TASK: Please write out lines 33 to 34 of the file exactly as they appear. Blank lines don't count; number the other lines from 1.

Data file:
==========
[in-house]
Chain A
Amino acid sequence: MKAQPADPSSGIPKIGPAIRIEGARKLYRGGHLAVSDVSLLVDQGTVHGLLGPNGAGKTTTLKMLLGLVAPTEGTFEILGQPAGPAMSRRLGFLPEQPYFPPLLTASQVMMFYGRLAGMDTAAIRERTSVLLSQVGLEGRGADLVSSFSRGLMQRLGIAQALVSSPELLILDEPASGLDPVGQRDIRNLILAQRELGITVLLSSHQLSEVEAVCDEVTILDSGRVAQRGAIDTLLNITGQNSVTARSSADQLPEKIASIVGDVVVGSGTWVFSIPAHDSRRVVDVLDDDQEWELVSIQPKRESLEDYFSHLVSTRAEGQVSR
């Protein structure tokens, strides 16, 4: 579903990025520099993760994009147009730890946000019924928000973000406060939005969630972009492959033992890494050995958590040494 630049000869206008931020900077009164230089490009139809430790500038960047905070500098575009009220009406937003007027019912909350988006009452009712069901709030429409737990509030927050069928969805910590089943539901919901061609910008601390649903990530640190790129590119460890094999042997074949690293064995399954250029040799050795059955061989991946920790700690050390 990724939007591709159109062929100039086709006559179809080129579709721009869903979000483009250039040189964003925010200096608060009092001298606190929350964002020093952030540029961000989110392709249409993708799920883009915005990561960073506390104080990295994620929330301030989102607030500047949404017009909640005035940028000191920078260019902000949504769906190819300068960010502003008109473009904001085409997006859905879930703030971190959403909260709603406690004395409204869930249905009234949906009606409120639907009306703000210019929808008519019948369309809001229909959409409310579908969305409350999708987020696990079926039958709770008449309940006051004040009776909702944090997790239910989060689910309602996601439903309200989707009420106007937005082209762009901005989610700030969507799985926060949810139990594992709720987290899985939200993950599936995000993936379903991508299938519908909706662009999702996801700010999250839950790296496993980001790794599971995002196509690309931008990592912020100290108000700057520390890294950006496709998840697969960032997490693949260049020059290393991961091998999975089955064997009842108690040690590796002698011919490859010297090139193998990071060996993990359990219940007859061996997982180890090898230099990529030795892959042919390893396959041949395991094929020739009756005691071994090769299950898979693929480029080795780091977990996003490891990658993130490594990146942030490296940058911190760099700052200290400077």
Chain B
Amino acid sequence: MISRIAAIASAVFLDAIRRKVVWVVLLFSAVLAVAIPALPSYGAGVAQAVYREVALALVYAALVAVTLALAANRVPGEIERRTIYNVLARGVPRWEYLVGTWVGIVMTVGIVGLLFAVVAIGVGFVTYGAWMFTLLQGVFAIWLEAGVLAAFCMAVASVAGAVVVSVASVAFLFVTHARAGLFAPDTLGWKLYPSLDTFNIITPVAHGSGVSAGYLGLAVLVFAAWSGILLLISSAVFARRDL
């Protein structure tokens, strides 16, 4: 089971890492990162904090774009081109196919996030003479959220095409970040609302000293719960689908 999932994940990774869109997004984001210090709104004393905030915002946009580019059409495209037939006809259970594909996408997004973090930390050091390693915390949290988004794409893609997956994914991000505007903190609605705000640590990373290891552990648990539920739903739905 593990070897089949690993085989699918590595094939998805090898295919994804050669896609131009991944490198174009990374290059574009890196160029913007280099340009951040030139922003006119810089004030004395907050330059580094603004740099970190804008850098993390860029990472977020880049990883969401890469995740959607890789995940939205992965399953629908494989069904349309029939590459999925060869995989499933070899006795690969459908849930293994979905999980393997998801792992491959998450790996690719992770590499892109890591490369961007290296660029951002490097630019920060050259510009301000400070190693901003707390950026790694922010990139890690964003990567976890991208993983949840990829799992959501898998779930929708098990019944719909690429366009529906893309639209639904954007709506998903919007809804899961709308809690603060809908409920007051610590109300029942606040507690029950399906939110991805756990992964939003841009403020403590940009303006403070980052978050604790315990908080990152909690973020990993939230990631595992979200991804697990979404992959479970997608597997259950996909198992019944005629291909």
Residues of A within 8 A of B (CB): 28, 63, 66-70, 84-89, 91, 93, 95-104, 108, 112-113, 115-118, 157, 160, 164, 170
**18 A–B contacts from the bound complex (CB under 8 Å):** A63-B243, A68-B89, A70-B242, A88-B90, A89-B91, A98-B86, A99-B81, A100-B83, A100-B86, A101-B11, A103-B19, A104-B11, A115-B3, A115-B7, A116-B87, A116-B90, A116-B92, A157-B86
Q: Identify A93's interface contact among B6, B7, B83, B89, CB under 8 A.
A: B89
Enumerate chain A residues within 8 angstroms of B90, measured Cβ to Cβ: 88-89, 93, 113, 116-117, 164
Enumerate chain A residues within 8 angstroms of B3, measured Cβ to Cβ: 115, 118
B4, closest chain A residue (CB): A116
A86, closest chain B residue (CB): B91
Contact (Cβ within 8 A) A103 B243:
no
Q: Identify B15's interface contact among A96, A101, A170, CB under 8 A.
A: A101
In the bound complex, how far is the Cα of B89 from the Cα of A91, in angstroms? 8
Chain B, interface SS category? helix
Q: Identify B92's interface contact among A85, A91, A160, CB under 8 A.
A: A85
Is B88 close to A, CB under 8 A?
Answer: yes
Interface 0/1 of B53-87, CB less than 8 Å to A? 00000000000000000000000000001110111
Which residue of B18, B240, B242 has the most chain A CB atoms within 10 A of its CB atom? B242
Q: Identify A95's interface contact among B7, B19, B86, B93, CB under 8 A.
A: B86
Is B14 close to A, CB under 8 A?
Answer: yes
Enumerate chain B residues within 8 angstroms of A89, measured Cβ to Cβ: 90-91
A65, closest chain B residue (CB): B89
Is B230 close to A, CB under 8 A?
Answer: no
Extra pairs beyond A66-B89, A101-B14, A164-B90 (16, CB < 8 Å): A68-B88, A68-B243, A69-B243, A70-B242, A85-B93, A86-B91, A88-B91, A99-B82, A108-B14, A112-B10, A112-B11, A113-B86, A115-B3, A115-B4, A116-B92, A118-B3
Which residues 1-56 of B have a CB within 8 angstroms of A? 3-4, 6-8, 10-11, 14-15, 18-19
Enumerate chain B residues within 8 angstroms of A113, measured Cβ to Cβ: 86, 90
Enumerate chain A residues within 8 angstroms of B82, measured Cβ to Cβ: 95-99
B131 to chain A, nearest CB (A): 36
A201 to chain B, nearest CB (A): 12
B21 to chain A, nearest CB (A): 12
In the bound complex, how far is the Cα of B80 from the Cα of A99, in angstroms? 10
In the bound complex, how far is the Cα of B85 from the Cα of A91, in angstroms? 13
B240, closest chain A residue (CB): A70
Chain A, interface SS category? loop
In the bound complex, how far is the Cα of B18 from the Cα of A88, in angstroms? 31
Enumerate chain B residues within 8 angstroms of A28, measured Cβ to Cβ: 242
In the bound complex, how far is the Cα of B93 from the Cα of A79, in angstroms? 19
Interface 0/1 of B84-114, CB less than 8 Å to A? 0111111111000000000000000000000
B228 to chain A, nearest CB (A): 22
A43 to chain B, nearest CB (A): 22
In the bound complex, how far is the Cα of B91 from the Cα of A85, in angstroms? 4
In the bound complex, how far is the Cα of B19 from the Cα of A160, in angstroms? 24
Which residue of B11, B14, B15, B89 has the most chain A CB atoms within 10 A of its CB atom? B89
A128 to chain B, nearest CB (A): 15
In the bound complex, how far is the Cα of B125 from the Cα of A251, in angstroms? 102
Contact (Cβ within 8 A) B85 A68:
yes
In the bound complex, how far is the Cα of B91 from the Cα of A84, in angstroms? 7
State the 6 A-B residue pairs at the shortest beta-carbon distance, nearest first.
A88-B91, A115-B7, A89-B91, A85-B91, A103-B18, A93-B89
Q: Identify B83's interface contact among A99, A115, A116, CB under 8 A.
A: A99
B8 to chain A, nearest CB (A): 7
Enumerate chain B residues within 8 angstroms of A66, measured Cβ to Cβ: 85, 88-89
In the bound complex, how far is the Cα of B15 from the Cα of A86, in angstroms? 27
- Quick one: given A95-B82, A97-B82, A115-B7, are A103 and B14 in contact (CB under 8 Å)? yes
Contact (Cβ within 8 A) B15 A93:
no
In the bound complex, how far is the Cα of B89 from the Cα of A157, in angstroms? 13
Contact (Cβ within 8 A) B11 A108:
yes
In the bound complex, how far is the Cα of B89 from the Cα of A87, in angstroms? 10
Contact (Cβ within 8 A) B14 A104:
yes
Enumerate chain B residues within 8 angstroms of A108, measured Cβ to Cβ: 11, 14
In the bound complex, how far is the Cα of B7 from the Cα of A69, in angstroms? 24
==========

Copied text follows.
A65, closest chain B residue (CB): B89
Is B230 close to A, CB under 8 A?